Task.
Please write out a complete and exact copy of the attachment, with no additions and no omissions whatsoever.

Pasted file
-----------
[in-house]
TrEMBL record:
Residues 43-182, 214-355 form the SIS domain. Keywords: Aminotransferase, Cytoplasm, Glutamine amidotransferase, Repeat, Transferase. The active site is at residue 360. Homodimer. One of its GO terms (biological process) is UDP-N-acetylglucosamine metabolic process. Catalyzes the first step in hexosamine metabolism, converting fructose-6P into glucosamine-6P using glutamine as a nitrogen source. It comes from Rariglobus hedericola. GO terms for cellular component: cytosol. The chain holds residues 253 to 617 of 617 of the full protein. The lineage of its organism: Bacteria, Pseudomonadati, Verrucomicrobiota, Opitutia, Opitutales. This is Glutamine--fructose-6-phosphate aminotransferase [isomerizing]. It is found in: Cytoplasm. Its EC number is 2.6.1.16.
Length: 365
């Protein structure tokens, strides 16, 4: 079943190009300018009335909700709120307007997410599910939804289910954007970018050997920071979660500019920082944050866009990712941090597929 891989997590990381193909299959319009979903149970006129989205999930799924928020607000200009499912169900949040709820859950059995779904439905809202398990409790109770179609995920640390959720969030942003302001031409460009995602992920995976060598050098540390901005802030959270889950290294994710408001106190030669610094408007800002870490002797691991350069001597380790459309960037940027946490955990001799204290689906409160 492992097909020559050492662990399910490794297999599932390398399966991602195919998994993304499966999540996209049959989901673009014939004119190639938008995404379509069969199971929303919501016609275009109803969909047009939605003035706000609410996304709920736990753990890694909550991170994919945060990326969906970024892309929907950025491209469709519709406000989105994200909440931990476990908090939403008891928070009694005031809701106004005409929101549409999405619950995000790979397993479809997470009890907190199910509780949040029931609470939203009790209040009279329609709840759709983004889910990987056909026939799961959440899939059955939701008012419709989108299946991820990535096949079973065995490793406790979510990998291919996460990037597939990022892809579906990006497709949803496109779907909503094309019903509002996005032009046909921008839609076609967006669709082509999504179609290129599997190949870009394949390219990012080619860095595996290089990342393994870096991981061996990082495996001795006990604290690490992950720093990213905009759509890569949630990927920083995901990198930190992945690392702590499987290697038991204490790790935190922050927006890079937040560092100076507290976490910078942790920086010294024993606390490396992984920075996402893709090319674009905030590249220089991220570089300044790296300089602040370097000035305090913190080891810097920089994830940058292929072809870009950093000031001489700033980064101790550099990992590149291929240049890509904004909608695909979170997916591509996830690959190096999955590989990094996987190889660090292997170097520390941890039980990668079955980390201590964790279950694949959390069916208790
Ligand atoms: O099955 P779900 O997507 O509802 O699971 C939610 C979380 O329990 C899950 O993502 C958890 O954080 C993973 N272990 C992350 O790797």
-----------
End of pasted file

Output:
[in-house]
TrEMBL record:
Residues 43-182, 214-355 form the SIS domain. Keywords: Aminotransferase, Cytoplasm, Glutamine amidotransferase, Repeat, Transferase. The active site is at residue 360. Homodimer. One of its GO terms (biological process) is UDP-N-acetylglucosamine metabolic process. Catalyzes the first step in hexosamine metabolism, converting fructose-6P into glucosamine-6P using glutamine as a nitrogen source. It comes from Rariglobus hedericola. GO terms for cellular component: cytosol. The chain holds residues 253 to 617 of 617 of the full protein. The lineage of its organism: Bacteria, Pseudomonadati, Verrucomicrobiota, Opitutia, Opitutales. This is Glutamine--fructose-6-phosphate aminotransferase [isomerizing]. It is found in: Cytoplasm. Its EC number is 2.6.1.16.
Length: 365
């Protein structure tokens, strides 16, 4: 079943190009300018009335909700709120307007997410599910939804289910954007970018050997920071979660500019920082944050866009990712941090597929 891989997590990381193909299959319009979903149970006129989205999930799924928020607000200009499912169900949040709820859950059995779904439905809202398990409790109770179609995920640390959720969030942003302001031409460009995602992920995976060598050098540390901005802030959270889950290294994710408001106190030669610094408007800002870490002797691991350069001597380790459309960037940027946490955990001799204290689906409160 492992097909020559050492662990399910490794297999599932390398399966991602195919998994993304499966999540996209049959989901673009014939004119190639938008995404379509069969199971929303919501016609275009109803969909047009939605003035706000609410996304709920736990753990890694909550991170994919945060990326969906970024892309929907950025491209469709519709406000989105994200909440931990476990908090939403008891928070009694005031809701106004005409929101549409999405619950995000790979397993479809997470009890907190199910509780949040029931609470939203009790209040009279329609709840759709983004889910990987056909026939799961959440899939059955939701008012419709989108299946991820990535096949079973065995490793406790979510990998291919996460990037597939990022892809579906990006497709949803496109779907909503094309019903509002996005032009046909921008839609076609967006669709082509999504179609290129599997190949870009394949390219990012080619860095595996290089990342393994870096991981061996990082495996001795006990604290690490992950720093990213905009759509890569949630990927920083995901990198930190992945690392702590499987290697038991204490790790935190922050927006890079937040560092100076507290976490910078942790920086010294024993606390490396992984920075996402893709090319674009905030590249220089991220570089300044790296300089602040370097000035305090913190080891810097920089994830940058292929072809870009950093000031001489700033980064101790550099990992590149291929240049890509904004909608695909979170997916591509996830690959190096999955590989990094996987190889660090292997170097520390941890039980990668079955980390201590964790279950694949959390069916208790
Ligand atoms: O099955 P779900 O997507 O509802 O699971 C939610 C979380 O329990 C899950 O993502 C958890 O954080 C993973 N272990 C992350 O790797």